My year abroad has highlighted to me how little comprehension I have of the matter. I guess in Leeds I spent so much time either in my bedroom or at work I didn’t have much time to process how I felt about the subject of relationships, or maybe I just ignored it, because I’m really good at doing that too. But Berlin is the kind of place where you think anything might be possible, and whilst I’ve been here I have realised a few ambitions and generally feel a thousand times more positive about the future than I did this time last year. I should be grateful for an amazing year in which I’ve made friends who mean the world to me and experienced things I never would have back at home, and I truly am, but perhaps the naïve romantic who’s seen Breakfast at Tiffany’s too many times just thought moving to a foreign country would also mean meeting the love of my life. Or at least one of them. I think I’d even settle for a fling with a forgettable but ultimately well-meaning German boy.

Whatever happened to Kate Nash? She spoke to me on such a spiritual level…

It’s not easy for me to talk about my love life, or its non-existence, and when people ask me about it in person I get cagey and will have to try not to burst into tears. I’m incredibly conscious of the fact by my age most girls have some sort of romantic history. Writing these things down, venting about them on my garish green blog, is cathartic and a lot healthier than eating a pint of Ben and Jerry’s Peanut Butter Cup ice cream and watching every episode of the Fresh Prince of Bel Air.

I suppose like all things, self-confidence requires practice, and if I can practice writing an objective review of a Nicolas Cage film until I’ve got it down to a fine art, it’s probably not beyond my grasp to try and put myself out there more. I don’t fear rejection in many other places. I’ve faced more ‘Thanks but no thanks’ from employers more times than I can count and I was only mildly embarrassed when I went bowling and asked for the gutters to be put up only for the manager to scowl and inform me “Those are only for kids” but there’s something about asking a boy out, admitting that you like them and that you hope they like you too, that is altogether more frightening to me.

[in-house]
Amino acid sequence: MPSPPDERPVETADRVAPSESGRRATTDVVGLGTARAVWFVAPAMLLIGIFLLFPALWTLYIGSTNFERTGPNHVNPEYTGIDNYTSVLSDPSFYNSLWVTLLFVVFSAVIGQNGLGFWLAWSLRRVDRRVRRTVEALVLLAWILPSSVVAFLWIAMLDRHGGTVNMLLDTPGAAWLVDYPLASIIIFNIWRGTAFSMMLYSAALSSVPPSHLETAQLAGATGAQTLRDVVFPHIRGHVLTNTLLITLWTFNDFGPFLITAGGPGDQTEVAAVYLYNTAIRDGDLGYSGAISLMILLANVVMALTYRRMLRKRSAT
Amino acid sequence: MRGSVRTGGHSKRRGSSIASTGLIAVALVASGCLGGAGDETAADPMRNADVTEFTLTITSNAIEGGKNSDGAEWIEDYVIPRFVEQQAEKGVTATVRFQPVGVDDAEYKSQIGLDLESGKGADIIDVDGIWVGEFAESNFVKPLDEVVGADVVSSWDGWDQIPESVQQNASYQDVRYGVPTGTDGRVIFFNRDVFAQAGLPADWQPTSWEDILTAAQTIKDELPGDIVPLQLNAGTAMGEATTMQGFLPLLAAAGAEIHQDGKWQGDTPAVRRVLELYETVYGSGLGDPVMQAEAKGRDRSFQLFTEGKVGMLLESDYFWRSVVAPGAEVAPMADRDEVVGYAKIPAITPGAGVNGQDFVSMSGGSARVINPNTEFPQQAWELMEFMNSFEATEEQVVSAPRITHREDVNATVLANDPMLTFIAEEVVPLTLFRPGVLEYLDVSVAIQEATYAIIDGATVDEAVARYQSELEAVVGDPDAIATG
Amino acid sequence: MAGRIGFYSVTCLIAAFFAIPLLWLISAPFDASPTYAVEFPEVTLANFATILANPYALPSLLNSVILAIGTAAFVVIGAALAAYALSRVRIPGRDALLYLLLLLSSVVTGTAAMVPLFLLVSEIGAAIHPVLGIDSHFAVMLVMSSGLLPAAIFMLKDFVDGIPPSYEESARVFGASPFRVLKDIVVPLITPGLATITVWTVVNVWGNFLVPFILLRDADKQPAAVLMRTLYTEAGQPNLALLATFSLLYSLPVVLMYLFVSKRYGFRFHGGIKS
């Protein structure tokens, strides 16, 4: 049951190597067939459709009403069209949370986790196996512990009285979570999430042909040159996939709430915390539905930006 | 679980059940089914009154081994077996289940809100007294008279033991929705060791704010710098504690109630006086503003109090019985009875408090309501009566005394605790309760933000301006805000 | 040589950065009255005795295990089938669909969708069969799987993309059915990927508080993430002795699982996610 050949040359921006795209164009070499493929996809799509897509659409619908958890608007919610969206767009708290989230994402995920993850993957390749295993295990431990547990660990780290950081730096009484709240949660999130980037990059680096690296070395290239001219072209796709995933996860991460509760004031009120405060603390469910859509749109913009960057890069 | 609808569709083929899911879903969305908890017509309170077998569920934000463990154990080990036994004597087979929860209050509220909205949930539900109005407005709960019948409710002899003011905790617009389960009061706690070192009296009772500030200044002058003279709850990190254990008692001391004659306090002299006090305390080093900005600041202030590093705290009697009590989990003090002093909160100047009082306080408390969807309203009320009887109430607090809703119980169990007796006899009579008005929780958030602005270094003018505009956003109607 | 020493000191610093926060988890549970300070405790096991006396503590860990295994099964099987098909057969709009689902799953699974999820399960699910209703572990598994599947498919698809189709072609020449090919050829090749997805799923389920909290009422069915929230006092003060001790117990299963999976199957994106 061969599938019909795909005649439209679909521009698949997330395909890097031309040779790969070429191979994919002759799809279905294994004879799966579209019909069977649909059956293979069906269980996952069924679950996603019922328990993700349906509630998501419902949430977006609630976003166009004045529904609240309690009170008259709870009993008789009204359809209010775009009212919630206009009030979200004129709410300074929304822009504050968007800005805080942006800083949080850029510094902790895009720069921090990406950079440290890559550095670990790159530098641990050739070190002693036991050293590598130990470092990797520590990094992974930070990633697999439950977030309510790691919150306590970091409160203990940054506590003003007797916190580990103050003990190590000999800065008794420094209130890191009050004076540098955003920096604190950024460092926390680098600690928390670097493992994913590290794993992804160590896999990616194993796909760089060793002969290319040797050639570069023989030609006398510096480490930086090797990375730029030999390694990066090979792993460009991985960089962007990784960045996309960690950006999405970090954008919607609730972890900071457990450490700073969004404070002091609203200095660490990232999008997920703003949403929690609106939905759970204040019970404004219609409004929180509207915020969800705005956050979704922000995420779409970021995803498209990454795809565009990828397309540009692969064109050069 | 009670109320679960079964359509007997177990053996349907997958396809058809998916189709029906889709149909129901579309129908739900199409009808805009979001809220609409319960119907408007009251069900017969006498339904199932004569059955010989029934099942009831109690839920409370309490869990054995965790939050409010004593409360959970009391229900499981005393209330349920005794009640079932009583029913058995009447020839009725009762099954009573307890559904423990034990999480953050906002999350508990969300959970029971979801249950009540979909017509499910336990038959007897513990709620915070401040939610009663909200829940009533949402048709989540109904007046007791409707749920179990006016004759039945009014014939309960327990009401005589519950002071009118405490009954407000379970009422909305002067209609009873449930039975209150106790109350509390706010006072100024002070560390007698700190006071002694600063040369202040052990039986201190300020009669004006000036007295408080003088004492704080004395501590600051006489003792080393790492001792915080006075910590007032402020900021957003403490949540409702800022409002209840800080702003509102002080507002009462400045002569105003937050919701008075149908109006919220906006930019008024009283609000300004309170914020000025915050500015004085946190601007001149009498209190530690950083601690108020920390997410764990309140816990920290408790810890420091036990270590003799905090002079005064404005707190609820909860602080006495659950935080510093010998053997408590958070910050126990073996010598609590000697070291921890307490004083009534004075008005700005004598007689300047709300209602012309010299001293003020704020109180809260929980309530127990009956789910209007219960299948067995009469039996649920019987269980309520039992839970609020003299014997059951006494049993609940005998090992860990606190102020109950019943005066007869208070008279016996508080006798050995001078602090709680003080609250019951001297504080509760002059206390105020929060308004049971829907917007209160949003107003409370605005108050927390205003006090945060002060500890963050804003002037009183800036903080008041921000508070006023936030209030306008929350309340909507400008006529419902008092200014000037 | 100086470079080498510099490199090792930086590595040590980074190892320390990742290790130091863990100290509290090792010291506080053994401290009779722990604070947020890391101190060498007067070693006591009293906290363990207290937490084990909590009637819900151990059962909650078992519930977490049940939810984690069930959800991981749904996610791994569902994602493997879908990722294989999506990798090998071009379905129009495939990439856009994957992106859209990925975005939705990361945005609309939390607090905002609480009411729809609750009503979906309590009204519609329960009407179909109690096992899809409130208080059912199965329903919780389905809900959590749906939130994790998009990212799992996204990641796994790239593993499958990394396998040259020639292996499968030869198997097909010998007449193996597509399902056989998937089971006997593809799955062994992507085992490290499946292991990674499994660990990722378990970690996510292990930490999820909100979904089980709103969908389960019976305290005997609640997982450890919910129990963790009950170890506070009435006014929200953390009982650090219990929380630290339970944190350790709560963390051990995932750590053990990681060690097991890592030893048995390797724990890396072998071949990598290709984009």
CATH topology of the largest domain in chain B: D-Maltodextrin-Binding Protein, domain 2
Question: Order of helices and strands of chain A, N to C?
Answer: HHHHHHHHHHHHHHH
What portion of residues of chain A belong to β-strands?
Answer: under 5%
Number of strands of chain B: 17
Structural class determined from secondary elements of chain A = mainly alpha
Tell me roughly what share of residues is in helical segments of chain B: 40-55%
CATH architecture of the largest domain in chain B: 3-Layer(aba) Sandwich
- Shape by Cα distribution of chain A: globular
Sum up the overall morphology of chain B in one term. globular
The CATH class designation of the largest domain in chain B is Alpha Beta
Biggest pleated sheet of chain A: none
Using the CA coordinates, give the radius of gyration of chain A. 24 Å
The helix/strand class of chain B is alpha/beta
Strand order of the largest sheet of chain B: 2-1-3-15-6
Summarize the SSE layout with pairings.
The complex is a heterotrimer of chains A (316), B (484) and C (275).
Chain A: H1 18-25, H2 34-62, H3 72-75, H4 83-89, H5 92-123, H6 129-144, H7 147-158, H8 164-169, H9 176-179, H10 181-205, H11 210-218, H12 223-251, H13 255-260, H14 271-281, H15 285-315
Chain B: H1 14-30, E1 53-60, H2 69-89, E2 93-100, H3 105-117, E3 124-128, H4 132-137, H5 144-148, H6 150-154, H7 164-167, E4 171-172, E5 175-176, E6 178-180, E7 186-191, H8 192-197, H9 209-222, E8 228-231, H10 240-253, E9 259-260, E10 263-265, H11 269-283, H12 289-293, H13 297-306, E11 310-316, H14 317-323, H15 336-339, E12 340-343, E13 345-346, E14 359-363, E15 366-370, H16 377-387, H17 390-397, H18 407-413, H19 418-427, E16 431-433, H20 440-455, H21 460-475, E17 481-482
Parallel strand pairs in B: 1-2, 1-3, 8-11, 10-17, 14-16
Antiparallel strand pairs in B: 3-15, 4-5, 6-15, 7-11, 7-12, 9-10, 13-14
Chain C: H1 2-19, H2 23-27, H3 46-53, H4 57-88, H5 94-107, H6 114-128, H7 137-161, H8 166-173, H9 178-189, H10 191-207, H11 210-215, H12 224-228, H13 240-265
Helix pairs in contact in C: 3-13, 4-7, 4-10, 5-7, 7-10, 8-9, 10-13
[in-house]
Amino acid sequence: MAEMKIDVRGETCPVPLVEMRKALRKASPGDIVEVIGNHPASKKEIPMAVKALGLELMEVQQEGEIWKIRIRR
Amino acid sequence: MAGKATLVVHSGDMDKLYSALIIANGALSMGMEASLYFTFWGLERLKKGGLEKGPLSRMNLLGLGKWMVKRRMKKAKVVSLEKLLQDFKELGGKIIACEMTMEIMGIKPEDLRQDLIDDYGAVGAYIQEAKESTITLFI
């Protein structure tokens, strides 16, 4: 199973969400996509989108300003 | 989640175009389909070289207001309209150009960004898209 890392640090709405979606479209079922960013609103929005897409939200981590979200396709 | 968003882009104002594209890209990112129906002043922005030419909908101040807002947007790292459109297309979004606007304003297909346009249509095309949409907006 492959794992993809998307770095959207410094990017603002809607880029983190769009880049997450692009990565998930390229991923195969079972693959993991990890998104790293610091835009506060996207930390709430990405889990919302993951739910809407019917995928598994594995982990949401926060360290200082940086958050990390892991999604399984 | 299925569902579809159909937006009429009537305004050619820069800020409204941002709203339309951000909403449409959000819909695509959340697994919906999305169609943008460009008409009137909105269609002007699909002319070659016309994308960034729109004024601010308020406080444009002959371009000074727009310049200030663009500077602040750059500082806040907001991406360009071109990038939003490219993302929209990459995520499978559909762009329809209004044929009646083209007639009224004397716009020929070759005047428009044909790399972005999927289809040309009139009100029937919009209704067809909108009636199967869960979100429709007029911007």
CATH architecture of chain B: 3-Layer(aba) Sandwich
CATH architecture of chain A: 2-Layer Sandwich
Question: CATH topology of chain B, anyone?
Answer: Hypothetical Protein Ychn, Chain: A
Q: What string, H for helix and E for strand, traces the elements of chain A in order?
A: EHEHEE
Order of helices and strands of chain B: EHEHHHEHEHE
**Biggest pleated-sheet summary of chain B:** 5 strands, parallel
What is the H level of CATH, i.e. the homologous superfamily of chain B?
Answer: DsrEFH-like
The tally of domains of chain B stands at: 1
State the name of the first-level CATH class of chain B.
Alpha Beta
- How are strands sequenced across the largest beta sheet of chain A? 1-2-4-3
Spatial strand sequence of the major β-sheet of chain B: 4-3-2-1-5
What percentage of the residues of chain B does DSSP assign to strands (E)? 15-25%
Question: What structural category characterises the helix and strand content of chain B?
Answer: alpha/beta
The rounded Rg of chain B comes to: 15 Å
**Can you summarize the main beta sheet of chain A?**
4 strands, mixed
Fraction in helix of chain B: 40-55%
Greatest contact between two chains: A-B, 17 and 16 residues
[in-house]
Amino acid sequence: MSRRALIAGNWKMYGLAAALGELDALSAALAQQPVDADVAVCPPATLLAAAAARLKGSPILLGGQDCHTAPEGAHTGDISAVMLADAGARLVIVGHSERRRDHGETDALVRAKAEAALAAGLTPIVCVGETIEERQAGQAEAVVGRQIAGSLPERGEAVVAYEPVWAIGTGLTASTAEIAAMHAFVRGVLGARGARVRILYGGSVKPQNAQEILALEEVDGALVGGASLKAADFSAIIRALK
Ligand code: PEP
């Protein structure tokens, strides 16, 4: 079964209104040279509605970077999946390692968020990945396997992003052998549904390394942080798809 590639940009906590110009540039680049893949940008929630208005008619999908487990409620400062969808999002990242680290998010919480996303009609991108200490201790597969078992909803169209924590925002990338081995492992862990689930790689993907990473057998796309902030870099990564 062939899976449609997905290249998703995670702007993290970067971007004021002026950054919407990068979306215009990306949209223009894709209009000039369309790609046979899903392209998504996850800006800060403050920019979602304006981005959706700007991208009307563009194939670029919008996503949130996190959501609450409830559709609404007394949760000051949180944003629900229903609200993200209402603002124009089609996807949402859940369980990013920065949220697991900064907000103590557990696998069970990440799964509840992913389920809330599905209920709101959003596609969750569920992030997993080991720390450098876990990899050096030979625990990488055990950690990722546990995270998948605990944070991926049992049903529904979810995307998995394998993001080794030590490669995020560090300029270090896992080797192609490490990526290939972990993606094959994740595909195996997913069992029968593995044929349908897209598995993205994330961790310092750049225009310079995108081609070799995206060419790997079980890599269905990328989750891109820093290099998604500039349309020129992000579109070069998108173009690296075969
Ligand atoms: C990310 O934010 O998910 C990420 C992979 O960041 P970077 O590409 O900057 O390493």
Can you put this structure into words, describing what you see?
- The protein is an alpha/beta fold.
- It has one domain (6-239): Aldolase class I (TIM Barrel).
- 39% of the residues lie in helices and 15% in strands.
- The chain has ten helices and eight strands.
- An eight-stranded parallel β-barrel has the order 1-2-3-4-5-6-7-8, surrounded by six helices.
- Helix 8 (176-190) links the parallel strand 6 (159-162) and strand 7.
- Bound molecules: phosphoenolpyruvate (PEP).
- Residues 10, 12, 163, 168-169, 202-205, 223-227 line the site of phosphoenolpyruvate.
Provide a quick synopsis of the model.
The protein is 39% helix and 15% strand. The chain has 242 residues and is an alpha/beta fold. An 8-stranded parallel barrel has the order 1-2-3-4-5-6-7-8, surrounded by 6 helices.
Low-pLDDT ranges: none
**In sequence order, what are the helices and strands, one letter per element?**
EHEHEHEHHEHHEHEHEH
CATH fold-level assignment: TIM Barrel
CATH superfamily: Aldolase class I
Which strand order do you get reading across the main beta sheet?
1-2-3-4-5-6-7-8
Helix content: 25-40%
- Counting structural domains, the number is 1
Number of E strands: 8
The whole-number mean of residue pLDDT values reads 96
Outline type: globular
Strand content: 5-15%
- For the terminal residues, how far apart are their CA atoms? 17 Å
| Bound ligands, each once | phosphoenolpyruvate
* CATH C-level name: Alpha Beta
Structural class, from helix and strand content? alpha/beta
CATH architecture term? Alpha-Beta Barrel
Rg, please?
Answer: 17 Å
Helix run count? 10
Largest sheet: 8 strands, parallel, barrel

But until they invent a cure for Bitchy Resting Face (BRF, a very real affliction affecting me and thousands of other young women) and I learn that starting conversations with facts about wildlife probably doesn’t impress other people as much as it impresses me, I can’t really see a light at the end of the terminal singledom tunnel.  Occasionally I’ll open up Tinder and half-heartedly swipe at the screen and feel my heart lift a little when there’s a match, but nothing comes of it. It’s like eating sherbet. You feel great for about five minutes then really flat and sorry for yourself.

For the time being I can live vicariously through Meg Ryan and Billy Crystal and try to think of other things. The holy trinity (Tina Fey, Amy Poehler, Mindy Kaling) probably didn’t get where they are by worrying about being weird and single, and at least there’s the chance that my lack of romantic prowess could make for an amusing sitcom premise someday.